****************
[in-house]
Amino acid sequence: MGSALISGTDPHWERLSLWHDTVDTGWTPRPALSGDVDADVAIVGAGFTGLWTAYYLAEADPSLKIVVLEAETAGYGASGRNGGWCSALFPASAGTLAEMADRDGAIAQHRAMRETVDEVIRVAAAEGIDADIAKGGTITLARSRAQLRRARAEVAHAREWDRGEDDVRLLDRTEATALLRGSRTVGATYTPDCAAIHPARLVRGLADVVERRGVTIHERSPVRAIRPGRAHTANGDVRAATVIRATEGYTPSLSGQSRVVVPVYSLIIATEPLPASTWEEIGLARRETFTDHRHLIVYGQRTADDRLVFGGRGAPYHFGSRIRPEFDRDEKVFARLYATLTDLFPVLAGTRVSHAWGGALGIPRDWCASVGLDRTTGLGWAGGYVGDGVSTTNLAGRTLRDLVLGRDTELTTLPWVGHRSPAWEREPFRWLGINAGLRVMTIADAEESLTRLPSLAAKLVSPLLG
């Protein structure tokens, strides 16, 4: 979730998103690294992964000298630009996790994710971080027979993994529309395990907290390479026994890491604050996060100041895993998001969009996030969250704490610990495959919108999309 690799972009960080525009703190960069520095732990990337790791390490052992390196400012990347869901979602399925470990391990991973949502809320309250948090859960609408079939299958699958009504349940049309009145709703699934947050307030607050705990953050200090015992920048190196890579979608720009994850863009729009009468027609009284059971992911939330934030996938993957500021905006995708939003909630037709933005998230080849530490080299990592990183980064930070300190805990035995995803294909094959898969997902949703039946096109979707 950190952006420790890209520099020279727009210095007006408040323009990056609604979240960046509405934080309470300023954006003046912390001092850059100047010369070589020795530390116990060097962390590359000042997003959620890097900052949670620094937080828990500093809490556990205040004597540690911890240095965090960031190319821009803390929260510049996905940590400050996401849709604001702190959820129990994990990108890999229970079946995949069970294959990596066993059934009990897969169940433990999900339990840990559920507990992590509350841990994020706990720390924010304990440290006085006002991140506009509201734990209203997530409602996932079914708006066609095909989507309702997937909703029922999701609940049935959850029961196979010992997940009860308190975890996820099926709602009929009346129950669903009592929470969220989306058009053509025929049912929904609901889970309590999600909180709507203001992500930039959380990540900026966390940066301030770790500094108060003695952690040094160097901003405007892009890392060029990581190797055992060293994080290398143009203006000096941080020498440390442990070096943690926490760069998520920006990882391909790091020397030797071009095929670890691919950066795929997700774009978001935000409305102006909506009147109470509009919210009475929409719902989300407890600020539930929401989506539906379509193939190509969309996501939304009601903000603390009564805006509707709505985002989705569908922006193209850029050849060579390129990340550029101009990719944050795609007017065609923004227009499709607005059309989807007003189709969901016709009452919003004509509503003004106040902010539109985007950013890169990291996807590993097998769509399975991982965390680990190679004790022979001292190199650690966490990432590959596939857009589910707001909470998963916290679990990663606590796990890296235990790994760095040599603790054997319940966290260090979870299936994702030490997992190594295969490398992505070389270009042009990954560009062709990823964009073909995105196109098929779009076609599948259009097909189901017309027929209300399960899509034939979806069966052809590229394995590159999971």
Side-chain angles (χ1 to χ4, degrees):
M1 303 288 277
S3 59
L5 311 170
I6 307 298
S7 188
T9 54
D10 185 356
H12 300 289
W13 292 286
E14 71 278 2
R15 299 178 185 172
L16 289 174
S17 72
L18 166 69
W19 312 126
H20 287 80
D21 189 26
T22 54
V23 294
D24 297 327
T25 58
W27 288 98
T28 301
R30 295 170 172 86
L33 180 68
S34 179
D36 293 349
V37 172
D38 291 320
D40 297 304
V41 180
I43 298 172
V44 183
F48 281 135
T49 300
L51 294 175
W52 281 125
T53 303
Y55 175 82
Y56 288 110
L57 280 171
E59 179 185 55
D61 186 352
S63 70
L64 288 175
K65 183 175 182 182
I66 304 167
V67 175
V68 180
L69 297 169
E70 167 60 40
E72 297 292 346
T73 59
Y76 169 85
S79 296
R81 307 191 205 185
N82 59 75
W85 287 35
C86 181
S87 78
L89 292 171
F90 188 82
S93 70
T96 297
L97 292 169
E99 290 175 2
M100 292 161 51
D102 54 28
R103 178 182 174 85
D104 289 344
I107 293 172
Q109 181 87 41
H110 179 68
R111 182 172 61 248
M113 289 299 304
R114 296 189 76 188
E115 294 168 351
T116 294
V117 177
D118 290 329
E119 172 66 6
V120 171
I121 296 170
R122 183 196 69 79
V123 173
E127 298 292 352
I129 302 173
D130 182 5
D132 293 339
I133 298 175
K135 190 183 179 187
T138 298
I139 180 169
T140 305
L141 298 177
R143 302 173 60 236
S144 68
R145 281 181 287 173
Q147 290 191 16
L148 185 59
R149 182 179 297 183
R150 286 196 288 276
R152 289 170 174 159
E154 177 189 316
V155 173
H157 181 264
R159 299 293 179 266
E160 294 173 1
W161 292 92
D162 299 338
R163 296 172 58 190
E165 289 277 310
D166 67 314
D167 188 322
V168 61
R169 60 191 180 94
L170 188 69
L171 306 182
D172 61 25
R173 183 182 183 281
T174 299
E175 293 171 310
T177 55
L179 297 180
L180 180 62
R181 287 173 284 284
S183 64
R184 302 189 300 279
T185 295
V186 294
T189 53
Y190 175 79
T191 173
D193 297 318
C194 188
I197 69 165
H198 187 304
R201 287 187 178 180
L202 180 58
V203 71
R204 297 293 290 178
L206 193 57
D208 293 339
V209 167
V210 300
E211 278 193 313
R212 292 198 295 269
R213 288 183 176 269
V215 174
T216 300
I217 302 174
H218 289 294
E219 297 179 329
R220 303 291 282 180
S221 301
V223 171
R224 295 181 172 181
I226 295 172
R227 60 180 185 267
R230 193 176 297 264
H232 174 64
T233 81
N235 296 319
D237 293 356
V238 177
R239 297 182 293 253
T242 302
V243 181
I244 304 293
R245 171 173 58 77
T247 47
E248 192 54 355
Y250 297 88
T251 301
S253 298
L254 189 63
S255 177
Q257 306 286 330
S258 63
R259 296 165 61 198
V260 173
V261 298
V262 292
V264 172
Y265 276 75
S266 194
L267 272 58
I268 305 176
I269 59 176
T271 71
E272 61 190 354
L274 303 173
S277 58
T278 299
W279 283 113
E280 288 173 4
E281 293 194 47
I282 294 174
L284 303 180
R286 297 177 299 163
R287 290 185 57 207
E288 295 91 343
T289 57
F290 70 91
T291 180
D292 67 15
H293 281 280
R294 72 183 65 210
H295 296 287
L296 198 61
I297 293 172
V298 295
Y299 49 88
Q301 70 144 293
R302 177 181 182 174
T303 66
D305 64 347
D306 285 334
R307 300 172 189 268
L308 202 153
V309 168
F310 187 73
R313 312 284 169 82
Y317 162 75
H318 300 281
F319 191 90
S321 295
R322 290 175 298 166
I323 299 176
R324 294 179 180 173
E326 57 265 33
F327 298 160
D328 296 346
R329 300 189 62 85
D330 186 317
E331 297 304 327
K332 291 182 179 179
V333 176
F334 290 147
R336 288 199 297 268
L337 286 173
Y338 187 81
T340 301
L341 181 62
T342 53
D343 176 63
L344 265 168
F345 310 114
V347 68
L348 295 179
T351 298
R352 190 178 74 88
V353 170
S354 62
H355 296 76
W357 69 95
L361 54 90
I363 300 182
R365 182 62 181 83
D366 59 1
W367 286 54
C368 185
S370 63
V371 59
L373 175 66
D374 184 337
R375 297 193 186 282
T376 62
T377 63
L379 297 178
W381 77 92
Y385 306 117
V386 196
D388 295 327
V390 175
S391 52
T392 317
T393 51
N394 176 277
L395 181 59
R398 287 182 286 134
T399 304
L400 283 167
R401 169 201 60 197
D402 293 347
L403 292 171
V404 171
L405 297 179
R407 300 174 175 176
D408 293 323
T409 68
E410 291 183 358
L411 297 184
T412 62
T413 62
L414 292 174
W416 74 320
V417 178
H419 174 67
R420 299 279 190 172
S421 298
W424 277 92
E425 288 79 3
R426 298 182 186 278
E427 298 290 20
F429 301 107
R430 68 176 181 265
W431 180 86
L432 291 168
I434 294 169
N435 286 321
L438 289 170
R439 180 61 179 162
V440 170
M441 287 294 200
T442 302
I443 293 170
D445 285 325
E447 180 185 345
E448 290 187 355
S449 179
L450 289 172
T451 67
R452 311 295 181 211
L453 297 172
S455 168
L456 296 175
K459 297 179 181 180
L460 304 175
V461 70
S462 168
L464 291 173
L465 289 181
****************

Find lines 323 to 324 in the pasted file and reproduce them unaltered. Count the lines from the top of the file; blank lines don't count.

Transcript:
E447 180 185 345
E448 290 187 355